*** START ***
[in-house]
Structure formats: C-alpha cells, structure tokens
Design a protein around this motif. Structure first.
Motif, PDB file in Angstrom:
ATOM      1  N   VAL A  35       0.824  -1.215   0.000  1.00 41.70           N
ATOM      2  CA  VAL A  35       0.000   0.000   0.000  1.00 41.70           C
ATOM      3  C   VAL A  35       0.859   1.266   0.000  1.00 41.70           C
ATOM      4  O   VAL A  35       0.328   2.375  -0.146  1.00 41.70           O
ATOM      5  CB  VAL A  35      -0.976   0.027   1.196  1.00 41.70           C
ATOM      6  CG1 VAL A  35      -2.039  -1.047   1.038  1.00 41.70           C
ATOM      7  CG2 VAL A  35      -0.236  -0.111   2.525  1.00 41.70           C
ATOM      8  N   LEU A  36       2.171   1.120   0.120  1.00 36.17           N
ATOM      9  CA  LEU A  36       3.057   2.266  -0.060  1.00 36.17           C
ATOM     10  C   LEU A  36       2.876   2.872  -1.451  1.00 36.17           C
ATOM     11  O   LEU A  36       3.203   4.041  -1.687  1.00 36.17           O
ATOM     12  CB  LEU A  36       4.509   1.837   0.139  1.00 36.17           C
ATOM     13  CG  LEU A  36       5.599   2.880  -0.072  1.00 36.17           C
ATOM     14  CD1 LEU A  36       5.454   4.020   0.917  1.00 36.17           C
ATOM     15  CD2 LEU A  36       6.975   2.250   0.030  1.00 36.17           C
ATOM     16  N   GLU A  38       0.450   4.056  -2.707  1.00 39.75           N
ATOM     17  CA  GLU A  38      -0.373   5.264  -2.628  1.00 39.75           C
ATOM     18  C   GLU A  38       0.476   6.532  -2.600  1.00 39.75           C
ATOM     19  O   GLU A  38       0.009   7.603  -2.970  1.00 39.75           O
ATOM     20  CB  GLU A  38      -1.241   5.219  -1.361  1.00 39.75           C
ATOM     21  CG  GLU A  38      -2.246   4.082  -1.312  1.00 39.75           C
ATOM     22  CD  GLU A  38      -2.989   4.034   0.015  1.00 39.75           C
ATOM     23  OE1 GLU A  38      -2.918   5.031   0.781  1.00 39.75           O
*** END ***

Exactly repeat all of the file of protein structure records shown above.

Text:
[in-house]
Structure formats: C-alpha cells, structure tokens
Design a protein around this motif. Structure first.
Motif, PDB file in Angstrom:
ATOM      1  N   VAL A  35       0.824  -1.215   0.000  1.00 41.70           N
ATOM      2  CA  VAL A  35       0.000   0.000   0.000  1.00 41.70           C
ATOM      3  C   VAL A  35       0.859   1.266   0.000  1.00 41.70           C
ATOM      4  O   VAL A  35       0.328   2.375  -0.146  1.00 41.70           O
ATOM      5  CB  VAL A  35      -0.976   0.027   1.196  1.00 41.70           C
ATOM      6  CG1 VAL A  35      -2.039  -1.047   1.038  1.00 41.70           C
ATOM      7  CG2 VAL A  35      -0.236  -0.111   2.525  1.00 41.70           C
ATOM      8  N   LEU A  36       2.171   1.120   0.120  1.00 36.17           N
ATOM      9  CA  LEU A  36       3.057   2.266  -0.060  1.00 36.17           C
ATOM     10  C   LEU A  36       2.876   2.872  -1.451  1.00 36.17           C
ATOM     11  O   LEU A  36       3.203   4.041  -1.687  1.00 36.17           O
ATOM     12  CB  LEU A  36       4.509   1.837   0.139  1.00 36.17           C
ATOM     13  CG  LEU A  36       5.599   2.880  -0.072  1.00 36.17           C
ATOM     14  CD1 LEU A  36       5.454   4.020   0.917  1.00 36.17           C
ATOM     15  CD2 LEU A  36       6.975   2.250   0.030  1.00 36.17           C
ATOM     16  N   GLU A  38       0.450   4.056  -2.707  1.00 39.75           N
ATOM     17  CA  GLU A  38      -0.373   5.264  -2.628  1.00 39.75           C
ATOM     18  C   GLU A  38       0.476   6.532  -2.600  1.00 39.75           C
ATOM     19  O   GLU A  38       0.009   7.603  -2.970  1.00 39.75           O
ATOM     20  CB  GLU A  38      -1.241   5.219  -1.361  1.00 39.75           C
ATOM     21  CG  GLU A  38      -2.246   4.082  -1.312  1.00 39.75           C
ATOM     22  CD  GLU A  38      -2.989   4.034   0.015  1.00 39.75           C
ATOM     23  OE1 GLU A  38      -2.918   5.031   0.781  1.00 39.75           O